Nutrient-rich waters along the glacier face attract many species. Gulls and kittiwake colonies adorn smaller islands and harbor seals patrol the icy waters.
In 1890, Israel Russell explored the area of Yakutat Bay and Hubbard Glacier, naming it after Gardiner G. Hubbard, a financier of his expedition and a founder and the first president of the National Geographic Society.
Icy Strait is a 40-mile channel in the Alexander Archipelago of southeastern Alaska separating Chichagof Island from the Alaskan mainland. There are two islands in the strait, Pleasant island and Lemesurier Island. The Cape Spencer Light is no longer a lighthouse, but still a active navigation aid. The strait gives its name to the popular cruise ship destination Icy Strait Point.
Scenic Cruising Tracy Arm Or Endicott Arm
JUN 2, 2019 ARRIVES 07:00 AM DEPARTS 03:00 PM CRUISING ONLY, SERVICE CALL, ROUTE SUBJECT TO WEATHER ICE
A short distance south from Alaska’s capital of Juneau, where Holkham Bay cuts into the coastline under a dramatic back-drop of high snow-capped peaks and the verdant Tongass National Forest, lies the entrance to Tracy Arm-Fords Terror Wilderness.
From Holkam Bay, the waterway is bisected into Tracy Arm to the north and Endicott Arm to the south. Each arm terminates at a stunning blue river of ice: North and South Sawyer glaciers in Tracy Arm and Dawes glacier in Endicott Arm. It is hard to imagine that thousands of years ago these now-distant glaciers joined in Holkham Bay, more than thirty miles from their present locations. Extremely active, the glaciers calve frequently, filling their fjords with icebergs, some three stories in height.
Brown and black bears, wolves, deer, mountain goats, seals and many seabirds frequent this vast wilderness region. Designated as a wilderness area in 1980, Tracy Arm-Fords Terror Wilderness covers an area of 653,179 acres (264,000 hectares) — and one fifth of its area is covered by ice.
Decision Passage is the western end of the Sumner Strait, which runs through the Alexander Archipelago into the Pacific Ocean in Southeastern Alaska, bounded on the north by Kuiu Island and Cape Decision, the location of a 1932 lighthouse. This is the route your ship takes when coming from or going to the colorful historic community of Sitka on the west coast of Baranof Island, which was originally the Russian fortress town of New Archangel.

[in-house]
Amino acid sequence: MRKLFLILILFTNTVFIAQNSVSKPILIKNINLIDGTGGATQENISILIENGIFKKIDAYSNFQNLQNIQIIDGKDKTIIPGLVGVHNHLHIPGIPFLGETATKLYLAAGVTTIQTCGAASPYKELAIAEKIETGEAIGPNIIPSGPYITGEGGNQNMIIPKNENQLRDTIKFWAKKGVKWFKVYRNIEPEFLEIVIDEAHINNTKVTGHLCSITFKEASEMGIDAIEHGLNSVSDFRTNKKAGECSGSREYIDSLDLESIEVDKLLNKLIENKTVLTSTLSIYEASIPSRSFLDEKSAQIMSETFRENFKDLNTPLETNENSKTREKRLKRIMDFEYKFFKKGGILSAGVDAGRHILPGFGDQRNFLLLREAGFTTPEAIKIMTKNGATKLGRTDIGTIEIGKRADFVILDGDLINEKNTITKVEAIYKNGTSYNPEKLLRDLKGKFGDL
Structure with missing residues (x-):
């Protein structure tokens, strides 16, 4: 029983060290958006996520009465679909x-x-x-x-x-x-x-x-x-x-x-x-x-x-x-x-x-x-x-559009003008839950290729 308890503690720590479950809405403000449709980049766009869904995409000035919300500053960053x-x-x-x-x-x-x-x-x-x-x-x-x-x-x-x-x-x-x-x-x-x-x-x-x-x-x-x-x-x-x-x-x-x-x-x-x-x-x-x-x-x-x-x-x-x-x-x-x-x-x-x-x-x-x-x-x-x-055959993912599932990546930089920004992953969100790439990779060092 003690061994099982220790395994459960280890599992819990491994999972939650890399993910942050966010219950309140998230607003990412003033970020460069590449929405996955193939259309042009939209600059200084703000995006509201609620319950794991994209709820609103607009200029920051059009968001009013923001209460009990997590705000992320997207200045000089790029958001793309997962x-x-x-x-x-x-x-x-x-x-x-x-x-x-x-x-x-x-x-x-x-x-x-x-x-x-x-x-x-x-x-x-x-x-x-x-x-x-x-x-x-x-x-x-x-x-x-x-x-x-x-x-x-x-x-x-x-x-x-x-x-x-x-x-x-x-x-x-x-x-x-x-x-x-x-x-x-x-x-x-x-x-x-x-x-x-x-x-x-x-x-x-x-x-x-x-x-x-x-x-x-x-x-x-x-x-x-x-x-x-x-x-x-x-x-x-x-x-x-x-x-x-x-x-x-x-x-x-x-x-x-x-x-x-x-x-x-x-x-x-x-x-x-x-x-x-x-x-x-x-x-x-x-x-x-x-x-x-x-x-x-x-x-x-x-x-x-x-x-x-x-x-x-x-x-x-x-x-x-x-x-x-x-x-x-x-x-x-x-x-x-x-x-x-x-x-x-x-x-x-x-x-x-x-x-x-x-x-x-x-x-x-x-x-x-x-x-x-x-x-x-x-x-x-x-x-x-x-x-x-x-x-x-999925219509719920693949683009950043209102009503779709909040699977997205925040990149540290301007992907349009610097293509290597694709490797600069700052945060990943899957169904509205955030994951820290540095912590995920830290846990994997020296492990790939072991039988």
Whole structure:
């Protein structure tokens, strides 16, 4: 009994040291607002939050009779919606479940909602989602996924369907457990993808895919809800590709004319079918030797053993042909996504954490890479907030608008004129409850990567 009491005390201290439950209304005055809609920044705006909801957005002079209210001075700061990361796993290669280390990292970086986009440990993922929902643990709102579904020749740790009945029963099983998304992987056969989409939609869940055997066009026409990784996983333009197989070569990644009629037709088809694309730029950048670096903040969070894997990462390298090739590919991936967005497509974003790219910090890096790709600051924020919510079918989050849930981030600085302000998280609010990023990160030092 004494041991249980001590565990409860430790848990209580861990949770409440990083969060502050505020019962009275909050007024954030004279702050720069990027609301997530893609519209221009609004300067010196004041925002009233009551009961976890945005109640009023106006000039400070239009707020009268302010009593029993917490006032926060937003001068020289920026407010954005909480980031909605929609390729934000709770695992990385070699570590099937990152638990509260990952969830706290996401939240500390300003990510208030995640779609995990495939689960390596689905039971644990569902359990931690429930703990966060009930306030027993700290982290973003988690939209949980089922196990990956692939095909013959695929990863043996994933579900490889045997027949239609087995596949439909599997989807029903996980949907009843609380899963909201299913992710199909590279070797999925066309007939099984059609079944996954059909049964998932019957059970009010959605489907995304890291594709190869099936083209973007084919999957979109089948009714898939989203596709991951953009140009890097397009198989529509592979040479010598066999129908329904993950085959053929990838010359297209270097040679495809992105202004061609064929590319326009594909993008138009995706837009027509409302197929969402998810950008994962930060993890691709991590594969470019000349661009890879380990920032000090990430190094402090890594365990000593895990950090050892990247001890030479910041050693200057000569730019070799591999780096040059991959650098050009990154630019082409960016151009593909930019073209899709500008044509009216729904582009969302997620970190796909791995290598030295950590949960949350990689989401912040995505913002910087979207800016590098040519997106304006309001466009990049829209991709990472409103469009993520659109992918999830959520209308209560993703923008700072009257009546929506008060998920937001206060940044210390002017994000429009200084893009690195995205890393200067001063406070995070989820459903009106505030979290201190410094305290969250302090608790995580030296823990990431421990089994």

Sumner Strait runs for 80 miles/110 km more or less east-and-west through the Alexander Archipelago in southeast Alaska, from the mouth of the Stikine River, north of the community of Wrangell, to Iphigenia Bay. The islands of Mitkof, Kupreanof and Kuiu are on the north side of the strait, and Zarembo and Prince of Wales Islands are on the south. The first European to navigate the strait was a fur trapper named William Brown, in 1793. That same year, James Johnstone surveyed the strait as a part of George Vancouver’s expedition. It was named in 1875 for the abolitionist Massachusetts senator Charles Sumner. The strait passes between picturesque snow-capped peaks, and there is a 1932 lighthouse located at Cape Decision which is still a functioning signal.
Wrangell, Alaska, US
JUN 3, 2019 ARRIVES 07:00 AM DEPARTS 08:00 PM
One of the thousands of islands of the Alexander Archipelago, Wrangell Island sits at the heart of the Tongass National Rain Forest and receives approximately 80” (203 cm) of rain per year. The city of Wrangell, a true Alaskan frontier town, sits at the northern end of the island, a short distance from the mouth of the mighty Stikine River. The history of Wrangell is deeply rooted in the Tlingit people, the fur trade and the gold rush. The Stikine River trade route brought the Tlingit people here thousands of years ago, evidenced by some forty petroglyphs at Petroglyph Beach State Historic Site and Totem Park.
The Stikine River, Shakes Glacier and Anan Creek Bear Observatory are highlights in the region. Anan Creek boasts the largest pink salmon run of the Inside Passage, attracting brown and black bears in great numbers. Wrangell was named for Ferdinand Petrovich Wrangel, a Russian explorer and administrator of the Russian-America Company during the mid-1800’s.